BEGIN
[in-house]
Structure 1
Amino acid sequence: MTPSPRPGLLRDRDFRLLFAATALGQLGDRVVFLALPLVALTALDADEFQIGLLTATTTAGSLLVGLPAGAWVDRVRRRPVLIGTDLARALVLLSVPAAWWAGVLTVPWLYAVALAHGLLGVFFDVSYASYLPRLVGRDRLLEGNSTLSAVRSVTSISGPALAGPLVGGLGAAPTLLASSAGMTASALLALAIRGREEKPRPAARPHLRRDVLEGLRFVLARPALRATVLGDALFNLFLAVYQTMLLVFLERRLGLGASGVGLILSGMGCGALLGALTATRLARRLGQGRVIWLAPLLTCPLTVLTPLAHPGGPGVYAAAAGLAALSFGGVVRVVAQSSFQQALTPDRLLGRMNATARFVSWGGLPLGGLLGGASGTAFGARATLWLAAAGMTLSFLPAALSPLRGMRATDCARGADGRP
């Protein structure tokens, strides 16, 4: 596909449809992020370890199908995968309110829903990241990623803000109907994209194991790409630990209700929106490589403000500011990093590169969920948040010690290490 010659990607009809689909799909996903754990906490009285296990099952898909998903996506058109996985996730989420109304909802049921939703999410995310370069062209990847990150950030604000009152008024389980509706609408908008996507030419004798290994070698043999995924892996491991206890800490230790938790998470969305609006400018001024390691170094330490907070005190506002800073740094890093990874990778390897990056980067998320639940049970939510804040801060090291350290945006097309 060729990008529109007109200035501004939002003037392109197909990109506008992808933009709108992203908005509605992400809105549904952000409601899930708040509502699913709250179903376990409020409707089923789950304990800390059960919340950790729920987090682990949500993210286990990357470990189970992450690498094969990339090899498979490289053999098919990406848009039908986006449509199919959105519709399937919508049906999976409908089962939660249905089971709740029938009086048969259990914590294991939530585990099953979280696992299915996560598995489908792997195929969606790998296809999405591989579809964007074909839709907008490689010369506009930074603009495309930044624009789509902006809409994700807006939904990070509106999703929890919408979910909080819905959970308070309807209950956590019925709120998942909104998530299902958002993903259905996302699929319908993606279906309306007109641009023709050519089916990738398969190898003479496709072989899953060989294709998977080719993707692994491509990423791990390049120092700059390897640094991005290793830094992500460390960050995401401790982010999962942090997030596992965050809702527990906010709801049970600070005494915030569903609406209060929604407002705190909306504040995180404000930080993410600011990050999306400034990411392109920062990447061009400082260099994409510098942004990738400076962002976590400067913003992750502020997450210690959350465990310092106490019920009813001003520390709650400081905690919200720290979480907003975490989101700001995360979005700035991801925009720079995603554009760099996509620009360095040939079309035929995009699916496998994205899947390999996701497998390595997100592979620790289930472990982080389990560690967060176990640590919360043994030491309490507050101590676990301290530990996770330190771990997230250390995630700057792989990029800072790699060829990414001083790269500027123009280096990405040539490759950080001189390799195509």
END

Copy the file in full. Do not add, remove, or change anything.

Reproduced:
[in-house]
Structure 1
Amino acid sequence: MTPSPRPGLLRDRDFRLLFAATALGQLGDRVVFLALPLVALTALDADEFQIGLLTATTTAGSLLVGLPAGAWVDRVRRRPVLIGTDLARALVLLSVPAAWWAGVLTVPWLYAVALAHGLLGVFFDVSYASYLPRLVGRDRLLEGNSTLSAVRSVTSISGPALAGPLVGGLGAAPTLLASSAGMTASALLALAIRGREEKPRPAARPHLRRDVLEGLRFVLARPALRATVLGDALFNLFLAVYQTMLLVFLERRLGLGASGVGLILSGMGCGALLGALTATRLARRLGQGRVIWLAPLLTCPLTVLTPLAHPGGPGVYAAAAGLAALSFGGVVRVVAQSSFQQALTPDRLLGRMNATARFVSWGGLPLGGLLGGASGTAFGARATLWLAAAGMTLSFLPAALSPLRGMRATDCARGADGRP
């Protein structure tokens, strides 16, 4: 596909449809992020370890199908995968309110829903990241990623803000109907994209194991790409630990209700929106490589403000500011990093590169969920948040010690290490 010659990607009809689909799909996903754990906490009285296990099952898909998903996506058109996985996730989420109304909802049921939703999410995310370069062209990847990150950030604000009152008024389980509706609408908008996507030419004798290994070698043999995924892996491991206890800490230790938790998470969305609006400018001024390691170094330490907070005190506002800073740094890093990874990778390897990056980067998320639940049970939510804040801060090291350290945006097309 060729990008529109007109200035501004939002003037392109197909990109506008992808933009709108992203908005509605992400809105549904952000409601899930708040509502699913709250179903376990409020409707089923789950304990800390059960919340950790729920987090682990949500993210286990990357470990189970992450690498094969990339090899498979490289053999098919990406848009039908986006449509199919959105519709399937919508049906999976409908089962939660249905089971709740029938009086048969259990914590294991939530585990099953979280696992299915996560598995489908792997195929969606790998296809999405591989579809964007074909839709907008490689010369506009930074603009495309930044624009789509902006809409994700807006939904990070509106999703929890919408979910909080819905959970308070309807209950956590019925709120998942909104998530299902958002993903259905996302699929319908993606279906309306007109641009023709050519089916990738398969190898003479496709072989899953060989294709998977080719993707692994491509990423791990390049120092700059390897640094991005290793830094992500460390960050995401401790982010999962942090997030596992965050809702527990906010709801049970600070005494915030569903609406209060929604407002705190909306504040995180404000930080993410600011990050999306400034990411392109920062990447061009400082260099994409510098942004990738400076962002976590400067913003992750502020997450210690959350465990310092106490019920009813001003520390709650400081905690919200720290979480907003975490989101700001995360979005700035991801925009720079995603554009760099996509620009360095040939079309035929995009699916496998994205899947390999996701497998390595997100592979620790289930472990982080389990560690967060176990640590919360043994030491309490507050101590676990301290530990996770330190771990997230250390995630700057792989990029800072790699060829990414001083790269500027123009280096990405040539490759950080001189390799195509």